Your Reading List

Come together?

Seed sector ponders forming a unified voice, but some worry farmers won’t be heard

Come together?

A meeting set for this summer in Winnipeg could be the scene of a historic vote to reorganize the Canadian seed industry.

Seed Synergy, a plan to unite Canada’s five main seed-related organizations, could be put to a vote in July at the Canadian Seed Growers Association’s (CSGA) 116th annual meeting.

It would see five organizations combine into one single group, with a united voice, including the Canadian Seed Growers Association, the Canadian Seed Trade Association (CSTA), the Canadian Seed Institute (CSI), the Commercial Seed Analysts Association of Canada (CSAAC), and the Canadian Plant Technology Agency (CPTA). CropLife Canada, which represents the life science companies that produce and market new varieties and crop protection products, was part of the group, but later opted out. It intends to work with the new organization, if it passes the vote, through a memorandum of understanding.

Outgoing Manitoba Seed Growers Association president Andrew Ayre told the group’s annual meeting, held late last year, he thinks there’s a good chance the proposal will be voted on this summer.

“It’s just a case of getting the details worked out,” he said.

Jonathan Nyborg. photo: Allan Dawson

Canadian Seed Growers Association president, and New Brunswick seed grower, Jonathan Nyborg told attendees he’s hopeful the vote will happen, but there is a Plan B. A ratification vote could be delayed six months if necessary, he added.

Nyborg said he hopes the CSGA’s board of directors will be able to approve a “target operation model” for the ‘New Seed Organization’ (NSO) in early March.

The next step would be to send out ratification packages by mid-March to the CSGA’s 3,400 members — farmers who produce pedigreed seed.

That would be followed by sending out the final ratification packages in May to CSGA members as well as other members of the Seed Synergy Collaboration.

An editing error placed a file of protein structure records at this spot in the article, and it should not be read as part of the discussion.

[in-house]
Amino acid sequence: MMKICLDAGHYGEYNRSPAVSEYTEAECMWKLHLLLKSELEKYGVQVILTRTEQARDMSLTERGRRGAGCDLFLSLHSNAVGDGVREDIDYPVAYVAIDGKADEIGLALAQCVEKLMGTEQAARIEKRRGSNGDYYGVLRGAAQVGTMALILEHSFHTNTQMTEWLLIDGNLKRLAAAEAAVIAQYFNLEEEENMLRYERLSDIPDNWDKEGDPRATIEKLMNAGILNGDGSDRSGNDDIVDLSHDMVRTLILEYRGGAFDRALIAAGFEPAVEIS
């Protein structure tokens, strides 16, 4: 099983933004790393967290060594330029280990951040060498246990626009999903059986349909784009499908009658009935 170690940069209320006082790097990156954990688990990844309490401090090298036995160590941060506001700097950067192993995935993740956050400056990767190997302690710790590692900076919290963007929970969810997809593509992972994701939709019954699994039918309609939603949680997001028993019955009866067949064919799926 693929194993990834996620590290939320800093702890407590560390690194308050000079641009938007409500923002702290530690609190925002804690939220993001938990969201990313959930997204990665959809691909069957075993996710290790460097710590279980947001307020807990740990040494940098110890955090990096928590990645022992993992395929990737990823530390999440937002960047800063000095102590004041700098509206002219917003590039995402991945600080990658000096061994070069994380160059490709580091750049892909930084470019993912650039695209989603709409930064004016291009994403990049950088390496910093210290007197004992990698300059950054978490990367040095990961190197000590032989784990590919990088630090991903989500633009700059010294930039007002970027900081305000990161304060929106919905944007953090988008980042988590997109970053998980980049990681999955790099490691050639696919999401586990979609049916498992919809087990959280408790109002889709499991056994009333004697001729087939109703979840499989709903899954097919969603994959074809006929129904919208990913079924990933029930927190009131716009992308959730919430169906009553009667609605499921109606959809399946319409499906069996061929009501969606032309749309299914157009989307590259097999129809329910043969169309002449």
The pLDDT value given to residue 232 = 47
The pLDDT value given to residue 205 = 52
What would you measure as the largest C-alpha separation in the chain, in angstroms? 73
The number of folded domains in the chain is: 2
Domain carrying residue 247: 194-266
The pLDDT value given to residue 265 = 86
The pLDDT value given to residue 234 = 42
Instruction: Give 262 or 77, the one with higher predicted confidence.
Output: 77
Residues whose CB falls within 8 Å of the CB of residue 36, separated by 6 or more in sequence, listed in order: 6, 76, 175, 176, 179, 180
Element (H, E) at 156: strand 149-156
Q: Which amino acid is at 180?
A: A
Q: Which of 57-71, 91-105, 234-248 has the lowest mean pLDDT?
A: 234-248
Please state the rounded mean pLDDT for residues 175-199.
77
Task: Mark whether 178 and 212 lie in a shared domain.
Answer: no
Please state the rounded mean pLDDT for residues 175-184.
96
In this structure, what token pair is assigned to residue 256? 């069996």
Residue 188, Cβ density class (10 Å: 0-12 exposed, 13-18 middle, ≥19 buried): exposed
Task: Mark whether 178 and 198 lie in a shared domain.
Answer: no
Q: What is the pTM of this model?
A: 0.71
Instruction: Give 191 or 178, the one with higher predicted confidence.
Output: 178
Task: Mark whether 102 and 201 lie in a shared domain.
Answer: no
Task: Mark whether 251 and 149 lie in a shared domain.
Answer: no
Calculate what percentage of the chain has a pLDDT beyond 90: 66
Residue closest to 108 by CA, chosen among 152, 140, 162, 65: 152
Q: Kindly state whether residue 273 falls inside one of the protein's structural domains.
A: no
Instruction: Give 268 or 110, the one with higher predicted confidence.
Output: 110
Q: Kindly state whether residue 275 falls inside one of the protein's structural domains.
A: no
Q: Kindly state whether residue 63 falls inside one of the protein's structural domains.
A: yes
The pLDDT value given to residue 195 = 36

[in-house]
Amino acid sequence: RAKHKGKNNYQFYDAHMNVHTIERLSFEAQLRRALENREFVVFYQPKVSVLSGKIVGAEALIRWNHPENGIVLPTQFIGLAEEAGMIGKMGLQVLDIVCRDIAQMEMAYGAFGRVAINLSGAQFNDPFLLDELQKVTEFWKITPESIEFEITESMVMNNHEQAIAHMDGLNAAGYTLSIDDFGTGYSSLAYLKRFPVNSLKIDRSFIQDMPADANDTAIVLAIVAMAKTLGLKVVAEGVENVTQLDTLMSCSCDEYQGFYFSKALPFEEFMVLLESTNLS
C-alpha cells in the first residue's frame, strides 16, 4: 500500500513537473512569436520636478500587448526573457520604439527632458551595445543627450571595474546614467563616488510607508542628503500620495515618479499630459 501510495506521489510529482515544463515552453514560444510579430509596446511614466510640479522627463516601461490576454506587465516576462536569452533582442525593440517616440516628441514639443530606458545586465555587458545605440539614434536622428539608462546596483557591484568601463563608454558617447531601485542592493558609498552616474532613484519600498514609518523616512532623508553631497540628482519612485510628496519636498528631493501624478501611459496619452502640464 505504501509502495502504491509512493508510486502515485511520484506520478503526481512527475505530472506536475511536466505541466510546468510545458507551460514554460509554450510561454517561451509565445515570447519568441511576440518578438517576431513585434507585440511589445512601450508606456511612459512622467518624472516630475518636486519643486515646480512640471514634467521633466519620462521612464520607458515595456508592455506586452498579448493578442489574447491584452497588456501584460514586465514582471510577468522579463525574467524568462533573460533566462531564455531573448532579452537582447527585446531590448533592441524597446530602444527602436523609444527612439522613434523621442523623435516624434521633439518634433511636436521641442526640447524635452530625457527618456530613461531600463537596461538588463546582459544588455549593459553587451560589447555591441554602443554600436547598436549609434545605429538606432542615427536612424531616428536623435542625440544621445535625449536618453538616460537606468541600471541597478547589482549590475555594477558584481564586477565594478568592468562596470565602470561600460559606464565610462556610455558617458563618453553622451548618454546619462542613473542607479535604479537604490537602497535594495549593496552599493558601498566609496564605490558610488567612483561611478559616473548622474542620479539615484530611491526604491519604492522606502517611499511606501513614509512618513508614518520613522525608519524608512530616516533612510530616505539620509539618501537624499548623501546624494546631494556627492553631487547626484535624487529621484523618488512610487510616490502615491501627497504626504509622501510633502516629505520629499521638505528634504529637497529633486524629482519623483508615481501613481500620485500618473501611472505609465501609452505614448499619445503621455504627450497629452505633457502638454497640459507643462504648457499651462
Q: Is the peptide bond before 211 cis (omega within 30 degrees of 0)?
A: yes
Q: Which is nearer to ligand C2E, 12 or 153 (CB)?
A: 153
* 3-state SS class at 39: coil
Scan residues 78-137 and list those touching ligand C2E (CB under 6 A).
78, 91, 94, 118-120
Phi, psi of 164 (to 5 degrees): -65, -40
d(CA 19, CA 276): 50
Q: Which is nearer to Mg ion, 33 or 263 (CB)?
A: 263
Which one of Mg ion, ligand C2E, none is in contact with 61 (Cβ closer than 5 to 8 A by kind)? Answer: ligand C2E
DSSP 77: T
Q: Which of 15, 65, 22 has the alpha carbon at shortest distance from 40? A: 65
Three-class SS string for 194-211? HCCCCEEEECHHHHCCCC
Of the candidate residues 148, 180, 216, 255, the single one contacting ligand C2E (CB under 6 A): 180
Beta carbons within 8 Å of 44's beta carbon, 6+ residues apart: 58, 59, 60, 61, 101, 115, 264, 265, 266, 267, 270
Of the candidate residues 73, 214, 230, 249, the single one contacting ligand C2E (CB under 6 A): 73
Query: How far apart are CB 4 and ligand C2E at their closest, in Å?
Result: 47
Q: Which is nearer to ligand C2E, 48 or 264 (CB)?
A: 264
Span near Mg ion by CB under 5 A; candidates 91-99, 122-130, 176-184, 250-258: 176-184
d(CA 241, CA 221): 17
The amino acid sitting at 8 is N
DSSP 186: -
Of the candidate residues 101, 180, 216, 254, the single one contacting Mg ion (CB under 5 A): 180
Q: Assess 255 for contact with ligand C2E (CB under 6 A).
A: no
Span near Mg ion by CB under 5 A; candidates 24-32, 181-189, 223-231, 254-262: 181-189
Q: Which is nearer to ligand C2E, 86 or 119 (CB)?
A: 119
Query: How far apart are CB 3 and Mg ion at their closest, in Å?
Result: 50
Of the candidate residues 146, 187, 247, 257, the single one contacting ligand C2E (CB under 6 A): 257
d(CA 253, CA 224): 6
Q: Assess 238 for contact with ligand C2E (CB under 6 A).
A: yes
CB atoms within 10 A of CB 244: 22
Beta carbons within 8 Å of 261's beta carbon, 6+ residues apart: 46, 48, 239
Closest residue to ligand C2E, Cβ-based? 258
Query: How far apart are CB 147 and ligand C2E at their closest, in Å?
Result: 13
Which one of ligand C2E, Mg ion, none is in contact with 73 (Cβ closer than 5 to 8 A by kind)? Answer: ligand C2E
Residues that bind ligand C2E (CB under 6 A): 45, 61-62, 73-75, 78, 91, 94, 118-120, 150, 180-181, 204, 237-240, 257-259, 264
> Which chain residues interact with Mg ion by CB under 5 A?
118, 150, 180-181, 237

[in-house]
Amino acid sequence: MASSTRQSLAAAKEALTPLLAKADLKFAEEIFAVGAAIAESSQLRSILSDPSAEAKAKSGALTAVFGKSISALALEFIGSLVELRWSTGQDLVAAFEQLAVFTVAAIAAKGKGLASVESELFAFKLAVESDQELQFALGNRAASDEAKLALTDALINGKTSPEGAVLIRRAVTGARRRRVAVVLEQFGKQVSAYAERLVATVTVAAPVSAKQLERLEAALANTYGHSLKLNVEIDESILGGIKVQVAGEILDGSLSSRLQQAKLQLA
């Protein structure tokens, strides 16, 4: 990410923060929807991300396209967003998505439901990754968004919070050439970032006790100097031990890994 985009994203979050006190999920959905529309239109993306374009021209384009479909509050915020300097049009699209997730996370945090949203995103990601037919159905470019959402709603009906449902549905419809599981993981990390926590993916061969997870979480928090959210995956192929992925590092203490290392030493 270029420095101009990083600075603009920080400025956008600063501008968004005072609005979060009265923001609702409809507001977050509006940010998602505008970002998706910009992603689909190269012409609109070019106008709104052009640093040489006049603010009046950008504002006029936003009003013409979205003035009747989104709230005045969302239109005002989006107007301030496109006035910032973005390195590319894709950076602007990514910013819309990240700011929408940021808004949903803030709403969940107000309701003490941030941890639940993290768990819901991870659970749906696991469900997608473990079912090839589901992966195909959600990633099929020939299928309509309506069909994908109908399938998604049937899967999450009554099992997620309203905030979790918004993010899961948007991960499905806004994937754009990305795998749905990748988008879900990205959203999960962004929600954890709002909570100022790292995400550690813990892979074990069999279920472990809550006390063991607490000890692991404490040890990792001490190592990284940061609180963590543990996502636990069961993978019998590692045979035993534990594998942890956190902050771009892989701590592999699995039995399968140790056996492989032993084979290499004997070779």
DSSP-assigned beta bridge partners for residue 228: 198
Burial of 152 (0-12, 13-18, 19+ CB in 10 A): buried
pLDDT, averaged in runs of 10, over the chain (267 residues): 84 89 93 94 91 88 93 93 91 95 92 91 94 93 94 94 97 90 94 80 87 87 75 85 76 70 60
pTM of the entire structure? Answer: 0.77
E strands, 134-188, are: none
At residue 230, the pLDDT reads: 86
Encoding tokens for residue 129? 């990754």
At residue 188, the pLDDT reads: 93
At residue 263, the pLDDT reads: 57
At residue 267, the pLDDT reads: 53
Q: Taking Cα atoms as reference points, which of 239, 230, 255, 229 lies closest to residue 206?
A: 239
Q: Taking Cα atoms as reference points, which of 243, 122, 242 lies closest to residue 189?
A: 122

At least two-thirds of voting members of each of the five organizations will have to vote in favour of the merger for it to happen.

In the meantime, the CSGA will hold a special members’ meeting Feb. 18 in Saint-Hyacinthe, Que., in hopes of changing its rules allowing members to vote on the merger without necessarily having to attend the July annual meeting, Nyborg said.

If the merger vote isn’t held in July, the goal is to do it in December, he said.

Long road

Jaiman Chin. photo: Allan Dawson

The merger process isn’t easy, consultant Jaiman Chin told the Manitoba Seed Growers’ Association (MSGA) meeting. Chin is with Strategy Corp, the firm hired by the Seed Synergy Collaboration, to assist in the process.

While the five organizations have ‘seed’ in common and some overlap in members, they each have different roles and organizational structures.

With about 3,400 members the CSGA, which represents pedigreed seed producers, is the largest. Most of its members are farmers.

In addition to representing seed growers the CSGA has the statutory power to certify pedigreed seed.

The CSTA represents the seed trade, which includes some farmer-seed growers, as well as large, multinational seed companies. It has 130 members.

CSI delivers accreditation and monitoring programs for the Canadian seed industry.

The CSAAC represents seed-testing laboratories.

CPTA supports intellectual property protection in the Canadian seed industry.

Roy Klym. photo: Allan Dawson

A merger will affect how the MSGA operates. The MSGA is a stand-alone legal entity that will retain all its assets and liabilities if the NSO is created, Roy Klym, a Regina seed grower and member of the merger oversight committee, told the MSGA’s meeting.

However, to be recognized as an NSO chapter the MSGA will have to meet certain criteria, including opening up membership to regional members of the other seed organizations, Chin said. Work is underway on how to do that.

“The feedback we’ve been getting so far is a lot of folks across the branches are very open to looking at changes in membership and allowing the trade in, allowing the analysts in,” Nyborg said.

MSGA members will automatically be members of the proposed new organization, he said.